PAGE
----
But I had come to see the lake, and so finally managed to cross the stream of cyclists into the lookout at Inspiration Point, which looks out over Emerald Lake at the southern end of the main lake. At last I managed to get some pictures of the lake, and take my mind off lycra. The house in the 2nd photo is Vikingsholm, built in 1928-29 for Mrs Knight as a summerhouse, in the style of her native Scandanavia. Her tea-house can be seen on top of Fannette Island in the 3rd picture.


Emerald Lake, Lake Tahoe



Vikingsholm, Lake Tahoe



Fannette Island, Lake Tahoe


As I continued my anti-clockwise circumnavigation of the Lake, I passed out of Califonia and back into Nevada, at the appropriately named Stateline city. Here once again was the contrast that must exist at every border town into Nevada, with casinos lining the town from the stateline onwards. It reminded me of the Border Inn, on the border between Utah and Nevada, where the shop was in Utah and the casino in Nevada. As someone who doesn't gamble (I don't like the idea of giving my money away!), I can't see the attraction, but there must be serious money involved judging by the quality of the buildings on the Nevada side of the border compared to those just a few hundred yards away on the California side. That said, the private houses all round the lake are stunning - it really is a popular place!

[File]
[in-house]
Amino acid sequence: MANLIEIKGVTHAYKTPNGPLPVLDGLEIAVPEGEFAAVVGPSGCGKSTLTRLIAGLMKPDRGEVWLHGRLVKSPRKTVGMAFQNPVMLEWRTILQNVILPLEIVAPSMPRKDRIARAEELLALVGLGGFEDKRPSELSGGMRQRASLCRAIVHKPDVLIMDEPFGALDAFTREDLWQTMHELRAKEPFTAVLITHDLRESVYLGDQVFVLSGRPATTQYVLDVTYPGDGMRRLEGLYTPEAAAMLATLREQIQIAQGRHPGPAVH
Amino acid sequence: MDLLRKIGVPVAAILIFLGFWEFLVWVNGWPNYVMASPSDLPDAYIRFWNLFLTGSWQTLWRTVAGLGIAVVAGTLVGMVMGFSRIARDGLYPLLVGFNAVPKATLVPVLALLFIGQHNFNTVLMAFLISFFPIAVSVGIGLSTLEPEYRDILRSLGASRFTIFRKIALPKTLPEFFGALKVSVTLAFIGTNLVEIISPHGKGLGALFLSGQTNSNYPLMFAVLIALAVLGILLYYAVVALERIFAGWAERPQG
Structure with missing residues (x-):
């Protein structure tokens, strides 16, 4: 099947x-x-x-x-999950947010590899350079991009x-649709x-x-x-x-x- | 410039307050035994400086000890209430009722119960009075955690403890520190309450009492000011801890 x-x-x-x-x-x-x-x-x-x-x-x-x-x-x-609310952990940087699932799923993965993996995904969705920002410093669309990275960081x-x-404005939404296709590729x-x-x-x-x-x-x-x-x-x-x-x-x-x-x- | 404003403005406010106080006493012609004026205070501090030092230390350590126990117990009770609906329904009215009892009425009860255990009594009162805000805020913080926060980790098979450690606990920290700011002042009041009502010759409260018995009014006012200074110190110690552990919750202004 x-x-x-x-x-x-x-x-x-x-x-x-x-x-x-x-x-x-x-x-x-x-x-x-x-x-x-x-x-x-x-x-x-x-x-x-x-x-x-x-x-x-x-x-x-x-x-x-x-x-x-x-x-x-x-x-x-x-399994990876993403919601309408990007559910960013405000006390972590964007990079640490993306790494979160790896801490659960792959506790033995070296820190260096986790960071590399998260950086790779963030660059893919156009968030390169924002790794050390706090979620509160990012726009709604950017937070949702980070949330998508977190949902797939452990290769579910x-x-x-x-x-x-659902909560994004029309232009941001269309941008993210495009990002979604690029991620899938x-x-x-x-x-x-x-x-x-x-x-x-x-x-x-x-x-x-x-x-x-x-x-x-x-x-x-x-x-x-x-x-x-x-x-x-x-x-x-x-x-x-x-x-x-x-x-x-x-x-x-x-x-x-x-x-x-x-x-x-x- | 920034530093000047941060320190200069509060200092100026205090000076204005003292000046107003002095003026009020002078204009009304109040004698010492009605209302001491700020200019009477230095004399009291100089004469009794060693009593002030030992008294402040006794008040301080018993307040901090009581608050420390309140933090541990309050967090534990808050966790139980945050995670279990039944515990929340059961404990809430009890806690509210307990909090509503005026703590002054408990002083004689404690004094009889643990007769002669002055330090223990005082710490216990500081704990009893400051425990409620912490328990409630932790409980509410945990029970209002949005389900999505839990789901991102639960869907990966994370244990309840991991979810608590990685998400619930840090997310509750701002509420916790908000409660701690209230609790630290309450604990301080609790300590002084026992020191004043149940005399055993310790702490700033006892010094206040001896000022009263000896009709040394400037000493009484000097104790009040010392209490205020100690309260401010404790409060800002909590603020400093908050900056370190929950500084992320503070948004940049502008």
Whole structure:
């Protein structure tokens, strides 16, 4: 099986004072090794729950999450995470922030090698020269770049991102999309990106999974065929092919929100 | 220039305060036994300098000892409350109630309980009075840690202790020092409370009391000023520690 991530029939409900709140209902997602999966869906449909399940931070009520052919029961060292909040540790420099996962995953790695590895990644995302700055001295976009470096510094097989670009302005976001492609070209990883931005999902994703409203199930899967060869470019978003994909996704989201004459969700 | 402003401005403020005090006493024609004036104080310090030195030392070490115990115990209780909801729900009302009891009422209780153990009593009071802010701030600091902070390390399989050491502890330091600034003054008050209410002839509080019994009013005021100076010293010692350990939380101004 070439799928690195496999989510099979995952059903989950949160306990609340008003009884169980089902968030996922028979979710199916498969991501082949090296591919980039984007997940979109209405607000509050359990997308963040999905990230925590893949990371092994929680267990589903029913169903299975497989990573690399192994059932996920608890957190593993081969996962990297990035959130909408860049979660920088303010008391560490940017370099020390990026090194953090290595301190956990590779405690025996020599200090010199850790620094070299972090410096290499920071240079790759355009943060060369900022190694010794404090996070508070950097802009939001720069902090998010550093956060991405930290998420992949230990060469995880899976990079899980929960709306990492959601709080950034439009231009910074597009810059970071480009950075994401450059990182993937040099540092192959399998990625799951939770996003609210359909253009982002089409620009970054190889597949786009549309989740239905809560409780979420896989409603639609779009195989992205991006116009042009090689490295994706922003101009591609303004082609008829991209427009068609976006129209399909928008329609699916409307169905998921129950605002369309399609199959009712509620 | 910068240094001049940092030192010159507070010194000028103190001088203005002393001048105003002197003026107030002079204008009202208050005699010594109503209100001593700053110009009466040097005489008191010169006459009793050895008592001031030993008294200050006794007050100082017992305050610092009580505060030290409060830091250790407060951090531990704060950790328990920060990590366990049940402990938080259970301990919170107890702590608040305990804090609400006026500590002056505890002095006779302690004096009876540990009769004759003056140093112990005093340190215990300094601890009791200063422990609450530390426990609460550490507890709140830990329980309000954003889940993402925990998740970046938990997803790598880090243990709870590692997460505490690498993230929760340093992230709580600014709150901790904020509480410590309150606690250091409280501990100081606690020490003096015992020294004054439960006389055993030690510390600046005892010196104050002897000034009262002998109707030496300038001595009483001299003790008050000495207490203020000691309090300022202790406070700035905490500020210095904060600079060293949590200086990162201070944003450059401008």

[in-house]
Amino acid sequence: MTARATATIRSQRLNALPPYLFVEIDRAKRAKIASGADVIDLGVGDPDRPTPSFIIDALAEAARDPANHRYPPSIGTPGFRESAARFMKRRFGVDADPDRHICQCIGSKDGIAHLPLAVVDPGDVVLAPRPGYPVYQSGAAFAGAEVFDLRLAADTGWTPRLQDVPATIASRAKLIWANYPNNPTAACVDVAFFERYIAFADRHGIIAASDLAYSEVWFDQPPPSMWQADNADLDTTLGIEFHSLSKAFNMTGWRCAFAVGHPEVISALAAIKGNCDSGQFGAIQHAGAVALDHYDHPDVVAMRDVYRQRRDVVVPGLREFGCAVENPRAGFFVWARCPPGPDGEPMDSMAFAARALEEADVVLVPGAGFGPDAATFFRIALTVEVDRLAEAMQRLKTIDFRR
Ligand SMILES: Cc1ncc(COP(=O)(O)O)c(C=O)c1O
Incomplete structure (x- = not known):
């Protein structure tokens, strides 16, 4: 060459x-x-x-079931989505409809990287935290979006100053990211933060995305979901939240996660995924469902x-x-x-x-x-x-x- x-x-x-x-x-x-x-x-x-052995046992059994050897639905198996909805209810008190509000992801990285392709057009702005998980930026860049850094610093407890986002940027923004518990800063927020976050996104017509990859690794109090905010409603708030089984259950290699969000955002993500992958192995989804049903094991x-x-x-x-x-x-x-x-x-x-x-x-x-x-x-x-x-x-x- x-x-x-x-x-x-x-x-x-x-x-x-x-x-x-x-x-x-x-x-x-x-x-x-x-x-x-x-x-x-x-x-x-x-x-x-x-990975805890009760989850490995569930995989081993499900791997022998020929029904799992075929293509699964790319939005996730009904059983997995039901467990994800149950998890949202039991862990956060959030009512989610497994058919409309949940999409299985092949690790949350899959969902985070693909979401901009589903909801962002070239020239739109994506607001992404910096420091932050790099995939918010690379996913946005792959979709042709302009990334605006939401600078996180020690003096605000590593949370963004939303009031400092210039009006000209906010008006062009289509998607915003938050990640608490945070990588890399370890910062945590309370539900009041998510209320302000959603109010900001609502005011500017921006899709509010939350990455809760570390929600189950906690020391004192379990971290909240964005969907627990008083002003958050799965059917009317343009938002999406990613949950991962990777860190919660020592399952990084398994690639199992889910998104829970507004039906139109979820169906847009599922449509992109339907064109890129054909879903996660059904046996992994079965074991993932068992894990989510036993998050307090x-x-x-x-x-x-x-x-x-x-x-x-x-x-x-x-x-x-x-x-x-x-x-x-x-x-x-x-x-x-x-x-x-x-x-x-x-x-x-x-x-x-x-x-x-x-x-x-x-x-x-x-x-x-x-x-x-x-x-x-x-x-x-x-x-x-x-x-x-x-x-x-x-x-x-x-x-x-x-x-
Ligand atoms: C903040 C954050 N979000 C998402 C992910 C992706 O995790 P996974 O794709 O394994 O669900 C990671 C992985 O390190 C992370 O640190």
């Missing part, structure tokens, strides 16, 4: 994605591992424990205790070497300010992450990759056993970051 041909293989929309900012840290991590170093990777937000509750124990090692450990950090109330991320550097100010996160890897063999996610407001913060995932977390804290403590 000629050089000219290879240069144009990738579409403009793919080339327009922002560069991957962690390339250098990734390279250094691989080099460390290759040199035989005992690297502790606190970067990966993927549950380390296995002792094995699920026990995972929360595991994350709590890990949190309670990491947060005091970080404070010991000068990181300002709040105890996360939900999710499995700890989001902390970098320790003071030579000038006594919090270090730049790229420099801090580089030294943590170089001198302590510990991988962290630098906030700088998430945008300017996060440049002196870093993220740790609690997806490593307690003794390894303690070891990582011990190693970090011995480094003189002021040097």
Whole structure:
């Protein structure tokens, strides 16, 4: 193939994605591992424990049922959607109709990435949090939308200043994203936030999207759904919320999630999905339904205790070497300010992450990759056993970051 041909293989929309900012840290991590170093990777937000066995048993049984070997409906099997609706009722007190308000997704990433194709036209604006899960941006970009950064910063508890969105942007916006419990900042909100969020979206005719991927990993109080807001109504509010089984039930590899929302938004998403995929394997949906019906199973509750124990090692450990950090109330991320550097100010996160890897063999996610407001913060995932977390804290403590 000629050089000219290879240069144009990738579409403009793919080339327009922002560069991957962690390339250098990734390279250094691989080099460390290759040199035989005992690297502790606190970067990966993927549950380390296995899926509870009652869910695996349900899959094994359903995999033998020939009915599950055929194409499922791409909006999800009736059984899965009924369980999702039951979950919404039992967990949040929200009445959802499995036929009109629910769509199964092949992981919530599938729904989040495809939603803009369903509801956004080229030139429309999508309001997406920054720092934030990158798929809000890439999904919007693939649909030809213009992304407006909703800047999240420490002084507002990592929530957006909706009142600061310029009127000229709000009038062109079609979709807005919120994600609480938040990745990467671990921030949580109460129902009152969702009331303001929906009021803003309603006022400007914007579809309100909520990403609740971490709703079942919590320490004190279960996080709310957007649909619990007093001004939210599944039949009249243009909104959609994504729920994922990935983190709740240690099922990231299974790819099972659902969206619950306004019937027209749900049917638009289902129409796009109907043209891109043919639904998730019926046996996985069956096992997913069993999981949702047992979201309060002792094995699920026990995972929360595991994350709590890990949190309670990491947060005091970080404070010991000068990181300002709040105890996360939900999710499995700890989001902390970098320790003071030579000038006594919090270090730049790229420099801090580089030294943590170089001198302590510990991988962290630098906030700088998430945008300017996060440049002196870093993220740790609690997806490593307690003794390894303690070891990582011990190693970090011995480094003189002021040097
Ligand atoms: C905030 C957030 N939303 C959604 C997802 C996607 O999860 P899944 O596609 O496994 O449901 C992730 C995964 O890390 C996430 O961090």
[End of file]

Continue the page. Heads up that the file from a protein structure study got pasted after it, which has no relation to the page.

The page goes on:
I rode all the way round the lake to Tahoe City, where I'd come in from the north yesterday, and then decided to ride back round the clockwise way. Now I was riding with the flow of cyclists, which was worse, at least for my concentration. Fortunately when I got to Stateline again I passed the finish line for the Tour de Tahoe, and the road from there was deviod of lyrca. Phew!
I took a diversion up to Rose Mountain to get a decent view of the lake from up high, but the storm clouds were gathering playing havoc with my attempts to get a decent photo.

Lake Tahoe